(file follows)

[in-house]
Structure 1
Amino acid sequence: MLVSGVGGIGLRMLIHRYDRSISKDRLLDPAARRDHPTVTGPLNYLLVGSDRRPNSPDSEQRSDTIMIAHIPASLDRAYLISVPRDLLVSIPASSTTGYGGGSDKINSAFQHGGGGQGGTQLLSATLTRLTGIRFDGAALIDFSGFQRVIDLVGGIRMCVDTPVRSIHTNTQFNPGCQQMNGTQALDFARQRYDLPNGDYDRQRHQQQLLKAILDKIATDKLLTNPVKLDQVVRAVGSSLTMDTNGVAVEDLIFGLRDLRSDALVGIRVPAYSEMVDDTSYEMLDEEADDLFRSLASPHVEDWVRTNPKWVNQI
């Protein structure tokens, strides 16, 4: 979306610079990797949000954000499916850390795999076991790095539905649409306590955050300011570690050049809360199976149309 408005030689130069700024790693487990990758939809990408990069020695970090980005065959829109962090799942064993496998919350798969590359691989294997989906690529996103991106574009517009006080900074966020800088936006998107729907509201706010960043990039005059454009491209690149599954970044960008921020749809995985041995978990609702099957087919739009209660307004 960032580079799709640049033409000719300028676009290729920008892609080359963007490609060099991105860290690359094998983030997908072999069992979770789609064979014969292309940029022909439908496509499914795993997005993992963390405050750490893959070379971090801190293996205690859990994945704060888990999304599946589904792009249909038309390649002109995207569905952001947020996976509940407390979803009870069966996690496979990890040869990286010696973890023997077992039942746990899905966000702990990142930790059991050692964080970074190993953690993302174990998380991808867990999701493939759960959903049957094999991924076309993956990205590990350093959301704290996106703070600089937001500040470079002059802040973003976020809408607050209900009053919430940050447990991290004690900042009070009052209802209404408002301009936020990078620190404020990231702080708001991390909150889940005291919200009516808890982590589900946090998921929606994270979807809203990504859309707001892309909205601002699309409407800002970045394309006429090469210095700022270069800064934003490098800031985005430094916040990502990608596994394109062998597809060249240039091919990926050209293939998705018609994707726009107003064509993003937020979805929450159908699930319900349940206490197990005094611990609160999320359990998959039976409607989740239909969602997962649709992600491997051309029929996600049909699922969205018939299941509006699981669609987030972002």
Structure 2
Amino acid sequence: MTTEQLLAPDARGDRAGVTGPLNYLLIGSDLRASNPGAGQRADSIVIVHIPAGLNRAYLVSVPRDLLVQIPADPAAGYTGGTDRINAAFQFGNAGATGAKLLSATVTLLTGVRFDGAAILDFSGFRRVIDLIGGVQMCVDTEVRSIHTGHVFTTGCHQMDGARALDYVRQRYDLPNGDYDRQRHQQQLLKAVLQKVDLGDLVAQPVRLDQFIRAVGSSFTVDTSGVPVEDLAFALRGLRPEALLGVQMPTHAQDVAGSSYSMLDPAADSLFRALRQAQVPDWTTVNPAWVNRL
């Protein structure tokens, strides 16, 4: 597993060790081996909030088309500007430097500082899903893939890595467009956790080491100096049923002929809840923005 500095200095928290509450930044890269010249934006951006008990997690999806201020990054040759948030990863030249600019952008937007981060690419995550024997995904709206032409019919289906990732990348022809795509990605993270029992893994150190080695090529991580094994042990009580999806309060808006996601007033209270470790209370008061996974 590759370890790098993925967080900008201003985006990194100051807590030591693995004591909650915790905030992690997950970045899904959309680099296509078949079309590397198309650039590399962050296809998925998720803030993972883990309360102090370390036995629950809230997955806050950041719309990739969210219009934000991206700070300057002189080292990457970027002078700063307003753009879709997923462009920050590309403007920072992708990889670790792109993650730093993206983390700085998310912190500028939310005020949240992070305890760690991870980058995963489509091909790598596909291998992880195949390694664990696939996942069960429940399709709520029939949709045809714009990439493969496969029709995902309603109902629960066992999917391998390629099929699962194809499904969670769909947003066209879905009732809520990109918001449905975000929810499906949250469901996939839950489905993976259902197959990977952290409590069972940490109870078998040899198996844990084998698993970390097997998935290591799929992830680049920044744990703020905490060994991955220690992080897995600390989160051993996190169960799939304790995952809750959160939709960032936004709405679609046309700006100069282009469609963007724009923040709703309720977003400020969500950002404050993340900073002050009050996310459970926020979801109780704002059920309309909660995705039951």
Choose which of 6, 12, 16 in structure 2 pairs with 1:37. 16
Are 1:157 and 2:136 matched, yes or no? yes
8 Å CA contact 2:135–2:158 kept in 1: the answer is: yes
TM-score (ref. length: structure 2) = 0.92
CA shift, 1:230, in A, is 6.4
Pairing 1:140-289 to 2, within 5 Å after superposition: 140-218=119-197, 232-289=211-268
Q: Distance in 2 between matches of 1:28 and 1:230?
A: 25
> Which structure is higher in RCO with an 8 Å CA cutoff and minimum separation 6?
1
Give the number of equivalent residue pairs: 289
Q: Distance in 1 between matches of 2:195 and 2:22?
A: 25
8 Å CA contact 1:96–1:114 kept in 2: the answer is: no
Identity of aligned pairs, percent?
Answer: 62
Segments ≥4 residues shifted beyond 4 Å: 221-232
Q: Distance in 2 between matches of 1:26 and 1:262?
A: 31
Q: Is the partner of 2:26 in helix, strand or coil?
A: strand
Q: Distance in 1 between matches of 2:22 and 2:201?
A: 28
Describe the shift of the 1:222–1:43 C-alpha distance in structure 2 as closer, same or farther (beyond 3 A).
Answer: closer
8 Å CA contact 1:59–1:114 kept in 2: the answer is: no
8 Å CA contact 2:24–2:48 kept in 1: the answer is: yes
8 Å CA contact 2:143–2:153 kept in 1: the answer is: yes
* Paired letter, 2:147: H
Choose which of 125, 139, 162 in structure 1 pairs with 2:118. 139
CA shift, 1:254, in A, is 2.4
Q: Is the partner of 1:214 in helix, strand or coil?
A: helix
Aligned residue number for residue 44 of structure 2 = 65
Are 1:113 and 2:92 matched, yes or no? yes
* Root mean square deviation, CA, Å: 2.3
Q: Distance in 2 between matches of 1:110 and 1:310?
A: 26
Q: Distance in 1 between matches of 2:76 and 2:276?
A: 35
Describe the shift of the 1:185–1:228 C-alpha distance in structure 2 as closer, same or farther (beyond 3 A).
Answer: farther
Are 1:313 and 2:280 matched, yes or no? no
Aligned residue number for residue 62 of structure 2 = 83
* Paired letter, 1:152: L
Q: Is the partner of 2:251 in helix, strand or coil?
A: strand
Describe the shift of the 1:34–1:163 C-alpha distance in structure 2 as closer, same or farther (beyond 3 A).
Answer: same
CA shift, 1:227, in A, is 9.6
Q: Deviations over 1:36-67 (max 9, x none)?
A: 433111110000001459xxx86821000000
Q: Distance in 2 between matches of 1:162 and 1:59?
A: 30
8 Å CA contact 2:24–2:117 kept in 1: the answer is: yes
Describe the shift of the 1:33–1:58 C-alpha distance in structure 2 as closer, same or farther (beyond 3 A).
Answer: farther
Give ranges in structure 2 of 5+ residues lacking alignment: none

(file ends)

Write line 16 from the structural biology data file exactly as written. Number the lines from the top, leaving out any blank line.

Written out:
> Which structure is higher in RCO with an 8 Å CA cutoff and minimum separation 6?